From the pages of Devil's Elbow, the Magazine That's Salty, Crusty, and Tough as a Boot ¥ Number 6 (119 Chestnut Street, Oxford, MS 38655; $7 for 4 issues)
Richard Nixon's Boyhood Home:
Pilgrimage to the Belly of the Beast
By Lori Robbins
The path to the birthplace takes you past the Pat and Dick gravesite, so be prepared and make sure your camera is loaded. Many of you might be tempted, as I was, to commemorate your visit by photographing yourself doing something clownish and disrespectful in front of the graves, i.e. holding your nose or leaping for joy. Of course, I would discourage that. For one thing, there are a lot of guards and docents standing around, and you never know but that they might turn your name in to the CIA or throw you off the grounds. Secondly, a visit to a Nixon site will be almost like a visit to a foreign country for most of us, and therefore you should try to show the same respect for the different values and beliefs of the "natives" that you would show while on a trip to any other exotic locale.
Regardless of these reasons for behaving respectfully, you will probably have more sympathy for Nixon than you thought possible when you actually see the Sears Roebuck kit house in which he spent his formative years. A tiny six-room white frame number, it held five young boys, a fanatically religious, emotionally abusive mother, and a hot-tempered, physically abusive father. Compared to this, the Presley family's two-room shotgun shack in Tupelo almost seems like a dream home.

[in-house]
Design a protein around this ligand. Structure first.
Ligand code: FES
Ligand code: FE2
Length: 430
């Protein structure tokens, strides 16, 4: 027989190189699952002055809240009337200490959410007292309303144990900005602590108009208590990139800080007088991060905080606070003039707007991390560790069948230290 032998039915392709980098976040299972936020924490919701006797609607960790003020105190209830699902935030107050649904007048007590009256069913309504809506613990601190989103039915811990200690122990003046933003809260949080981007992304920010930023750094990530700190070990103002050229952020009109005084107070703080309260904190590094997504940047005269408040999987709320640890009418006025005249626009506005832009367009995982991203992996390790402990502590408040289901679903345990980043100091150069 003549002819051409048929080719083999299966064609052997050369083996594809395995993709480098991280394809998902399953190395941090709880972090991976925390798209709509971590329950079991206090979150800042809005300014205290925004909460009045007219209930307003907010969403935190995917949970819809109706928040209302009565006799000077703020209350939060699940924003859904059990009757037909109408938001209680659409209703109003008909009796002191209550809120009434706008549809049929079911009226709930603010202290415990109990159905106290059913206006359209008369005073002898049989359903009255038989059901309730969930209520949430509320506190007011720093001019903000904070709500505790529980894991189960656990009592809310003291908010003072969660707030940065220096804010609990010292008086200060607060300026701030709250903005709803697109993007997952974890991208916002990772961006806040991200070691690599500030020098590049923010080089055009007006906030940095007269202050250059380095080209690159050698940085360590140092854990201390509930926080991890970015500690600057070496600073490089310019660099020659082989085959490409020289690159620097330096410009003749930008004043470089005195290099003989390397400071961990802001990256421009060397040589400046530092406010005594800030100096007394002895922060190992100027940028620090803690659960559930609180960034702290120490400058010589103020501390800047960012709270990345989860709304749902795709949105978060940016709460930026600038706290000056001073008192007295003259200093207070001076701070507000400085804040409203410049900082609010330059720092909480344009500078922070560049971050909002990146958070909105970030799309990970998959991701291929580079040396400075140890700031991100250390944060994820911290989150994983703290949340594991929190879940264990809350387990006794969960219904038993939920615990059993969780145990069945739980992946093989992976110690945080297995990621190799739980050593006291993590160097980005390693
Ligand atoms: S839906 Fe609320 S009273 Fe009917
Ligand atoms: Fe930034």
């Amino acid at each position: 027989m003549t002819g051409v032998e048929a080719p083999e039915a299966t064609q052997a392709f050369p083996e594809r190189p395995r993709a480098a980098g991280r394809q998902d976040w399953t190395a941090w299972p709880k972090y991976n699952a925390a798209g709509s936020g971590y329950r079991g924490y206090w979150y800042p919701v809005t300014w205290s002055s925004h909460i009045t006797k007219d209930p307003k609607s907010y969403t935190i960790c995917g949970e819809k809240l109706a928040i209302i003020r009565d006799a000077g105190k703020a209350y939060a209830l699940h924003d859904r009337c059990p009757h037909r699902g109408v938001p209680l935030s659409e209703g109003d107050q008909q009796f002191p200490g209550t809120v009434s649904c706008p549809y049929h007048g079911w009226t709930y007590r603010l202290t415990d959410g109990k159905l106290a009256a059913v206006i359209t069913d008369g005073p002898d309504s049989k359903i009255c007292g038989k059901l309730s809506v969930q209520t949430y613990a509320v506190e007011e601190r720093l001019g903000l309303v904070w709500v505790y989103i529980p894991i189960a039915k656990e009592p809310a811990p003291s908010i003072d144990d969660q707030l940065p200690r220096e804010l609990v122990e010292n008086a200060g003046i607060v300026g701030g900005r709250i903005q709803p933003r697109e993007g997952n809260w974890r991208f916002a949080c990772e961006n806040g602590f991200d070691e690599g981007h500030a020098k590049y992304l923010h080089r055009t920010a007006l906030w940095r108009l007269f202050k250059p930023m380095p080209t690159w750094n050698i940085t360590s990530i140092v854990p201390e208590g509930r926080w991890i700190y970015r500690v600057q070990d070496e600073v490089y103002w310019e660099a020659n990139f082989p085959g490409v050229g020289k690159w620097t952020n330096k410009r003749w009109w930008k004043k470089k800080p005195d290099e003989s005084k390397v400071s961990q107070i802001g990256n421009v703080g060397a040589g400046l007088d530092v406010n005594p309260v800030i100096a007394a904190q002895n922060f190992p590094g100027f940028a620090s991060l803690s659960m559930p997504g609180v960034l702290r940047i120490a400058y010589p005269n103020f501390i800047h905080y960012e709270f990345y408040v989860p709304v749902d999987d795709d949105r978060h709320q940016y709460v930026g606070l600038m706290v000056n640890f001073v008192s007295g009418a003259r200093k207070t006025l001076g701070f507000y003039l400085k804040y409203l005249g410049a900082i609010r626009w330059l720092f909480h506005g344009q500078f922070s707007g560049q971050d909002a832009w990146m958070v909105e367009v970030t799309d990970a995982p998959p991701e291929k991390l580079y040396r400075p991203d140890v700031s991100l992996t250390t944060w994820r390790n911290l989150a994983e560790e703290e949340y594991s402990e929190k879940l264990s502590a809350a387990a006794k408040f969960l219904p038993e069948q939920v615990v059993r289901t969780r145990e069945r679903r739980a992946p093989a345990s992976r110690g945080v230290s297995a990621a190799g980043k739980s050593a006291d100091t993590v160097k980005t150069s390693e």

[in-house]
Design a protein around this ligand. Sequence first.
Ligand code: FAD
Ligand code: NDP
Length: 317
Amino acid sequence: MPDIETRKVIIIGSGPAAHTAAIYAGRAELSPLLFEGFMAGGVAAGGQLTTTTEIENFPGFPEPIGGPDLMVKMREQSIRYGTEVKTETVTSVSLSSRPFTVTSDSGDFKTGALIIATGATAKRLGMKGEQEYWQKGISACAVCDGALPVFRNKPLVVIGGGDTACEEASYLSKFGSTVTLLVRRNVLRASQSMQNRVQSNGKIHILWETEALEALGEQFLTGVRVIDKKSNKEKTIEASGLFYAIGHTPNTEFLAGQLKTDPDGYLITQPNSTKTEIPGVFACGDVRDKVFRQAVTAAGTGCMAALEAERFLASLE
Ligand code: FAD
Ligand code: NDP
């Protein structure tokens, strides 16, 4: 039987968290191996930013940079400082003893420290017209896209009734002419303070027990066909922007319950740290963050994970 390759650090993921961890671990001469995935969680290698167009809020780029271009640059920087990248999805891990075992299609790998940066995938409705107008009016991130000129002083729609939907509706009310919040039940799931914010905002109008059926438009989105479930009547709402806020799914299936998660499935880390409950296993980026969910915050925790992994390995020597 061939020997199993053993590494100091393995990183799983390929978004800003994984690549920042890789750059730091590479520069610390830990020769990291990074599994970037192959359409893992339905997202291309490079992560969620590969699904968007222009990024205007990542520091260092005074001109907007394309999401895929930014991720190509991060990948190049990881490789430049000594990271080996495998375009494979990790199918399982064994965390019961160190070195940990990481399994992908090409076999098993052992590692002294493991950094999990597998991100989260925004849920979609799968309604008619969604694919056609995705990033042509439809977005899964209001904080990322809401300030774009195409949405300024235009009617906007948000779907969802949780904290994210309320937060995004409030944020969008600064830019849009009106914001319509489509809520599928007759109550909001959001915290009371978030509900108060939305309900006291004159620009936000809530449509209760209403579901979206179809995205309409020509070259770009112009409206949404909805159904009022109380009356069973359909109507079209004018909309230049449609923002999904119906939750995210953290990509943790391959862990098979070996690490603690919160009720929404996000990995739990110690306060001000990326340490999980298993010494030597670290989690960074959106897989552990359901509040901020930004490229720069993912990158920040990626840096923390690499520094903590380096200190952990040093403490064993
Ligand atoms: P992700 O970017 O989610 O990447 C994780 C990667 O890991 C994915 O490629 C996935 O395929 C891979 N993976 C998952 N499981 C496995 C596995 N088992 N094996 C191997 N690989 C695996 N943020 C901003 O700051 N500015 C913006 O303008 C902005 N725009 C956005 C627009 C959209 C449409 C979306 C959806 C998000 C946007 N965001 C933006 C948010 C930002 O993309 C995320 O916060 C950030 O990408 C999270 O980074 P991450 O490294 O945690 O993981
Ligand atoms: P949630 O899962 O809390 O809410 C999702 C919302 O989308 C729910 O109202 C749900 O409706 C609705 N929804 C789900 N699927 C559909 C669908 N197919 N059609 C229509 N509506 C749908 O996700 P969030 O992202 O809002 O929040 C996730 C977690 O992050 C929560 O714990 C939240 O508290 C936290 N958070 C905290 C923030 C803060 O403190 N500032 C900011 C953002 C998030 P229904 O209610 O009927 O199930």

Speaking of Elvis, you'll want to check out the Nixon museum's gift shop before you take your leave. One of the best things about Republicans is that they understand marketing, and they're not ashamed to make a buck. That's why you shouldn't be surprised that after spending millions to build a museum that elevates and dignifies Nixon's memory, the museum's staff chooses to devote a huge chunk of the gift shop to hawking items that tackily commemorate the meeting of the King and the Prez. Let's face it, this meeting represents a low point in American history. Elvis, a founding father of rebellious pop culture, goes hat in hand before the leader of the straight world so that he can obtain DEA agent status and reduce his risk of a drug bust. Nixon, eternally struggling to improve his image with the young and the working class, agrees to give Elvis what he wants just for a chance at a grab-and-grin PR opportunity. Shame, shame, shame on both of you! Anyway, if you are amused by this disgusting incident, you can pick up framed photographs, T-shirts, and drink coasters that capture the legendary handshake in all its criminal dishonesty.
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Art accompanying story in printed newspaper (not available in this archive): zine cover.